5. Communicate the results
The results of your SPM process should be communicated clearly to suppliers. Effective supplier performance management involves transparent communication with suppliers – this aids in addressing issues but also helps build collaborative relationships for future improvements.
Furthermore, making the supplier performance management process transparent for all parties involved creates ground for mutual development. The supply chain affects your whole business – that is why stakeholders outside of the procurement department should be kept in the loop by having the results of the assessments shared with them.
For example, the finance department could use the data to help determine whether or not a supplier is liable for bankruptcy. Having a clear overview of the risks related to the supply of materials could also help the company mitigate them early on.
6. Continuous improvement
As already mentioned, SPM is an iterative process. Thus, it can be a powerful tool for continuously improving procurement and supply chain processes. This chiefly means regularly reassessing performance metrics and objectives, ensuring they evolve with the company’s changing needs and market dynamics.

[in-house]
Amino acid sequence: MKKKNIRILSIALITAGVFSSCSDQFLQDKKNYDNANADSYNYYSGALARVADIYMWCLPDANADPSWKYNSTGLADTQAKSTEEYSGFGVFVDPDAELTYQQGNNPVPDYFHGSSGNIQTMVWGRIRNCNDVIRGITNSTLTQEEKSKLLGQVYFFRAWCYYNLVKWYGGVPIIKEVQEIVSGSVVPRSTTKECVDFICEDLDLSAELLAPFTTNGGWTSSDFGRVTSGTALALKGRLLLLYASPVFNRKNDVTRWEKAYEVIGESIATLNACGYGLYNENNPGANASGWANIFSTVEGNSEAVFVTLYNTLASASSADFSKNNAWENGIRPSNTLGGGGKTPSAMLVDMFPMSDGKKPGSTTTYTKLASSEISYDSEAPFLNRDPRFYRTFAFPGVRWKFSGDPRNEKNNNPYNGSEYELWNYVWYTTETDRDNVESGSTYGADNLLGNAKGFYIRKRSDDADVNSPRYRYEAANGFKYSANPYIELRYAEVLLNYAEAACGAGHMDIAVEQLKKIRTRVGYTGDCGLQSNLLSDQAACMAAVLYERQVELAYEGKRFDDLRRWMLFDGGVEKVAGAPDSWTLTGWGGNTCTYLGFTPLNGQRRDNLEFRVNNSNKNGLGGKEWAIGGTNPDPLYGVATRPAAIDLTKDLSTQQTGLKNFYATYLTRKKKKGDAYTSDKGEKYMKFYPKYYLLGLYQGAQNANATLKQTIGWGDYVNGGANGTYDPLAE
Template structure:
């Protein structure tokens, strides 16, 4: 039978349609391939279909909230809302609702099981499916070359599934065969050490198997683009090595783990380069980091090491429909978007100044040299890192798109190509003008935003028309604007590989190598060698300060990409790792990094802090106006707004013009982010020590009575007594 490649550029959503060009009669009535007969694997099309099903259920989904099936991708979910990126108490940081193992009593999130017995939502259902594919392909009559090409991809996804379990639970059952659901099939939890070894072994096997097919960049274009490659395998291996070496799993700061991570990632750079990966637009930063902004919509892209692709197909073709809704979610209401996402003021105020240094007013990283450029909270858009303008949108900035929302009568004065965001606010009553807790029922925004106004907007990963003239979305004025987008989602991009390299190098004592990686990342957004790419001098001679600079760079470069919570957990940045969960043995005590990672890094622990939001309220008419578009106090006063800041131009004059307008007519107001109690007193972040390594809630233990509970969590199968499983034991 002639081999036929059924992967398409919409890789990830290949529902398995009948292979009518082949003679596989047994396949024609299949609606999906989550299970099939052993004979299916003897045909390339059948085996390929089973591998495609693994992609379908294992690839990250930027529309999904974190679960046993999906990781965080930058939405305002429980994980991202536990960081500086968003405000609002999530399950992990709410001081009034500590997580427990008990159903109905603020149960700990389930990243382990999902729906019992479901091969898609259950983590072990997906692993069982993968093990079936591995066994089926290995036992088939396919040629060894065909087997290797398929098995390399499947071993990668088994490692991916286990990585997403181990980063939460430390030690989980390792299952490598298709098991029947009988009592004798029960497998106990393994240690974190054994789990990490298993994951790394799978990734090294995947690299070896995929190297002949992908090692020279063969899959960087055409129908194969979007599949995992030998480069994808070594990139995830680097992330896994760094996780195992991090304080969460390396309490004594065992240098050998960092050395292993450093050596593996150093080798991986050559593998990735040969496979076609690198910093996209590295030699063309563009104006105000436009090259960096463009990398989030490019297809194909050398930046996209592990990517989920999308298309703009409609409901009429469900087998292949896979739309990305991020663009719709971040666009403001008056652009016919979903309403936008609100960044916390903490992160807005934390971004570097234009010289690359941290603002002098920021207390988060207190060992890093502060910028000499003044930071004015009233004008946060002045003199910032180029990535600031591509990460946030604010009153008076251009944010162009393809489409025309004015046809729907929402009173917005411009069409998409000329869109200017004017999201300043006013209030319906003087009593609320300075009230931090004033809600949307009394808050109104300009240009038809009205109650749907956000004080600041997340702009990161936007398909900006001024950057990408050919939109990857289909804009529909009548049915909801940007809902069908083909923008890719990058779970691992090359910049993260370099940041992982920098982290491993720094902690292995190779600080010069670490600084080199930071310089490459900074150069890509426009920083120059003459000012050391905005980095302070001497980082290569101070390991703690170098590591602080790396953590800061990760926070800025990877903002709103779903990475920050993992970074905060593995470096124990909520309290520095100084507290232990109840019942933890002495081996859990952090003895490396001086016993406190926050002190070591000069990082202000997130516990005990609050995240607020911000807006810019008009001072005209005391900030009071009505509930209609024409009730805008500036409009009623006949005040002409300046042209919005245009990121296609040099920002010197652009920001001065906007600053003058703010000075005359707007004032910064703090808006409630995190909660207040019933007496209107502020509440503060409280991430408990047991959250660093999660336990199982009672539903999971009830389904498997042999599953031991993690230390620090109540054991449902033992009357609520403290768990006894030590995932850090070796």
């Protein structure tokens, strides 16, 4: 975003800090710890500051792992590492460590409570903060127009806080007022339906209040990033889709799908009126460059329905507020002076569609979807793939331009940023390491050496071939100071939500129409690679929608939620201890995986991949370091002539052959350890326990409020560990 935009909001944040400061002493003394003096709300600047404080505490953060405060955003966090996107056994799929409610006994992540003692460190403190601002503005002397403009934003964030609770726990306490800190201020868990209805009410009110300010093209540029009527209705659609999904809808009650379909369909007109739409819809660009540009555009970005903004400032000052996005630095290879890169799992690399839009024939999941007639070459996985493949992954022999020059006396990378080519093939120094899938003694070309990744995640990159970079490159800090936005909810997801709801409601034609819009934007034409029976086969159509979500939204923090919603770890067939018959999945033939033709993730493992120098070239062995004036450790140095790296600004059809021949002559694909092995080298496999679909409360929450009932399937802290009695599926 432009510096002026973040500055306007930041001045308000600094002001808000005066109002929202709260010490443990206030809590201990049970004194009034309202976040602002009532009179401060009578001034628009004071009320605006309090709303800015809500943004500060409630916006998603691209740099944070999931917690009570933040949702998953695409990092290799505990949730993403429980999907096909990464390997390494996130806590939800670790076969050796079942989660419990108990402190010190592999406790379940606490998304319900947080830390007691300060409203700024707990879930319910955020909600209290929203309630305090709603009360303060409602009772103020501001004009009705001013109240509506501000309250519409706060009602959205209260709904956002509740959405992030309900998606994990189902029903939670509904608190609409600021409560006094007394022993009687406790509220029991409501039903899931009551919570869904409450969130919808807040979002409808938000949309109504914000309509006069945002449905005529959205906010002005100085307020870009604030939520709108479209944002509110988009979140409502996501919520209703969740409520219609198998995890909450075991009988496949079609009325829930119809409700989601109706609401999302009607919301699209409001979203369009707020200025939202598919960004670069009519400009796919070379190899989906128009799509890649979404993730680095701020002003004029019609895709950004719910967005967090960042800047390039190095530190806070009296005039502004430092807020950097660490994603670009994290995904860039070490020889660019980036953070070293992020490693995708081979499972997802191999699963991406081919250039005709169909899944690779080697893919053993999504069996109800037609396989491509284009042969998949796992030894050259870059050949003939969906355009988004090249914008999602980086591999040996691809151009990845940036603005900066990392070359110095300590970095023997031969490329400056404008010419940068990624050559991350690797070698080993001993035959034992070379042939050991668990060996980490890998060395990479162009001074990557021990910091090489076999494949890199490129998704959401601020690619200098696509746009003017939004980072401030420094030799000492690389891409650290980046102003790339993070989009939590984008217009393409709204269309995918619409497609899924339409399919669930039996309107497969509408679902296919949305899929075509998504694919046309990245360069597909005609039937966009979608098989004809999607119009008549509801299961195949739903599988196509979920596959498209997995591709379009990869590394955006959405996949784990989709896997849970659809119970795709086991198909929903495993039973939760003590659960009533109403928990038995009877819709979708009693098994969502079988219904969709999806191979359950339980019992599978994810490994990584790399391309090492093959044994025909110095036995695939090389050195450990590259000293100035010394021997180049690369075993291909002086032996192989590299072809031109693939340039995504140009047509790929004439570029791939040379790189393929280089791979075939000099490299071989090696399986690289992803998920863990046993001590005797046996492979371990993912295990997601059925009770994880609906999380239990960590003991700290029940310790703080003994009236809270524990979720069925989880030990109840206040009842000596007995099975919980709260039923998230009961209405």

Implementing continuous improvement involves systematic reviews of supplier data, encouraging and enabling suppliers to innovate, and fostering an environment where feedback leads to positive change. It also means recognizing and rewarding improvements, which can motivate suppliers to maintain higher performance levels.
Supplier performance management best practices
- Foster effective supplier relationship management. Regularly monitoring and reviewing supplier interactions is key to maintaining a strong supplier base. Consistent oversight can help identify areas for improvement and opportunities to strengthen partnerships, ensuring that suppliers are aligned with your company’s quality and performance standards.